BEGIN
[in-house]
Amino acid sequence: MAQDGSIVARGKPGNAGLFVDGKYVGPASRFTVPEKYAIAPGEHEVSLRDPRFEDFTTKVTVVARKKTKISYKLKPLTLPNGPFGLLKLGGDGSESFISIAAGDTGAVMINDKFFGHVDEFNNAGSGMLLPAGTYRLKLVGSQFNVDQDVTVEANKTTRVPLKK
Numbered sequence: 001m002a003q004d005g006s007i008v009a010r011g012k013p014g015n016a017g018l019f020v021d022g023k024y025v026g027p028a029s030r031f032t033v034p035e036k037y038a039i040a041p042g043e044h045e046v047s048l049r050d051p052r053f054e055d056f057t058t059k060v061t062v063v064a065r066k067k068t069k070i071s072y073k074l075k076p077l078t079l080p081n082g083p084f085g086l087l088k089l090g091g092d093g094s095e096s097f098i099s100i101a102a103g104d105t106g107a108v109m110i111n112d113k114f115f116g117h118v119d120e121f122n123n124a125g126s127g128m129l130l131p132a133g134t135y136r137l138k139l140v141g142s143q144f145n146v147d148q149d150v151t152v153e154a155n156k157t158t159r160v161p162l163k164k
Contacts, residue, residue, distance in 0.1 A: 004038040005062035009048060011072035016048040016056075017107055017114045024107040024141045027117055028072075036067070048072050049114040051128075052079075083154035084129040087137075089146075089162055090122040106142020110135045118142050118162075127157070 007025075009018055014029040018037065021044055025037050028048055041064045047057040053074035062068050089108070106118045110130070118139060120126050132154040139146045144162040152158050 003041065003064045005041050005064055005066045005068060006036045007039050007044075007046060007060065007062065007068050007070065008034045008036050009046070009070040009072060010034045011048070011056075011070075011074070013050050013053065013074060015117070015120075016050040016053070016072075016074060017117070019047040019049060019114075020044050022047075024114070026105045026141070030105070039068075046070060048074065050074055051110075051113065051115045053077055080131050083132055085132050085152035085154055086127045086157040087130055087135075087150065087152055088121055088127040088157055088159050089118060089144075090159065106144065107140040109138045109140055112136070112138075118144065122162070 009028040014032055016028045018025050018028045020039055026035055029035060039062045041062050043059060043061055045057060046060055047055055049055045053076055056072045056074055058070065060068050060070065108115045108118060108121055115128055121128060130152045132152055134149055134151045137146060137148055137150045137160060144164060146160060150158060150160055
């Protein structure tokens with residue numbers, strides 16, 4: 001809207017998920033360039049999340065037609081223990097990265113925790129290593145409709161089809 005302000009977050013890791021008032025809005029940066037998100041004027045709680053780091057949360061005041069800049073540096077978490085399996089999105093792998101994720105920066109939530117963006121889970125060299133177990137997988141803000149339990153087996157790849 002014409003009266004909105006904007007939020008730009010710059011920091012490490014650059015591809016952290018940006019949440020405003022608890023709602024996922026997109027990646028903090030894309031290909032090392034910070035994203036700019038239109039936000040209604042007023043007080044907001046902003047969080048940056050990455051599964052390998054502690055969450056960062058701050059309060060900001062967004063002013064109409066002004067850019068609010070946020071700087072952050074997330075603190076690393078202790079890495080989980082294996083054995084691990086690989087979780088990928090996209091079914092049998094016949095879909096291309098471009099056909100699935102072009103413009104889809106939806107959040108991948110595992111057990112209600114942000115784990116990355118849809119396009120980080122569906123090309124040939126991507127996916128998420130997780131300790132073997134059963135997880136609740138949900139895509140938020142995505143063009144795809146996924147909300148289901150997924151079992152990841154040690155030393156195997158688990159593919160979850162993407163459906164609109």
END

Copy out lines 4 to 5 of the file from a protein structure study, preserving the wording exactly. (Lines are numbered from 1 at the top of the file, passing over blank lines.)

Contacts, residue, residue, distance in 0.1 A: 004038040005062035009048060011072035016048040016056075017107055017114045024107040024141045027117055028072075036067070048072050049114040051128075052079075083154035084129040087137075089146075089162055090122040106142020110135045118142050118162075127157070 007025075009018055014029040018037065021044055025037050028048055041064045047057040053074035062068050089108070106118045110130070118139060120126050132154040139146045144162040152158050 003041065003064045005041050005064055005066045005068060006036045007039050007044075007046060007060065007062065007068050007070065008034045008036050009046070009070040009072060010034045011048070011056075011070075011074070013050050013053065013074060015117070015120075016050040016053070016072075016074060017117070019047040019049060019114075020044050022047075024114070026105045026141070030105070039068075046070060048074065050074055051110075051113065051115045053077055080131050083132055085132050085152035085154055086127045086157040087130055087135075087150065087152055088121055088127040088157055088159050089118060089144075090159065106144065107140040109138045109140055112136070112138075118144065122162070 009028040014032055016028045018025050018028045020039055026035055029035060039062045041062050043059060043061055045057060046060055047055055049055045053076055056072045056074055058070065060068050060070065108115045108118060108121055115128055121128060130152045132152055134149055134151045137146060137148055137150045137160060144164060146160060150158060150160055
């Protein structure tokens with residue numbers, strides 16, 4: 001809207017998920033360039049999340065037609081223990097990265113925790129290593145409709161089809 005302000009977050013890791021008032025809005029940066037998100041004027045709680053780091057949360061005041069800049073540096077978490085399996089999105093792998101994720105920066109939530117963006121889970125060299133177990137997988141803000149339990153087996157790849 002014409003009266004909105006904007007939020008730009010710059011920091012490490014650059015591809016952290018940006019949440020405003022608890023709602024996922026997109027990646028903090030894309031290909032090392034910070035994203036700019038239109039936000040209604042007023043007080044907001046902003047969080048940056050990455051599964052390998054502690055969450056960062058701050059309060060900001062967004063002013064109409066002004067850019068609010070946020071700087072952050074997330075603190076690393078202790079890495080989980082294996083054995084691990086690989087979780088990928090996209091079914092049998094016949095879909096291309098471009099056909100699935102072009103413009104889809106939806107959040108991948110595992111057990112209600114942000115784990116990355118849809119396009120980080122569906123090309124040939126991507127996916128998420130997780131300790132073997134059963135997880136609740138949900139895509140938020142995505143063009144795809146996924147909300148289901150997924151079992152990841154040690155030393156195997158688990159593919160979850162993407163459906164609109």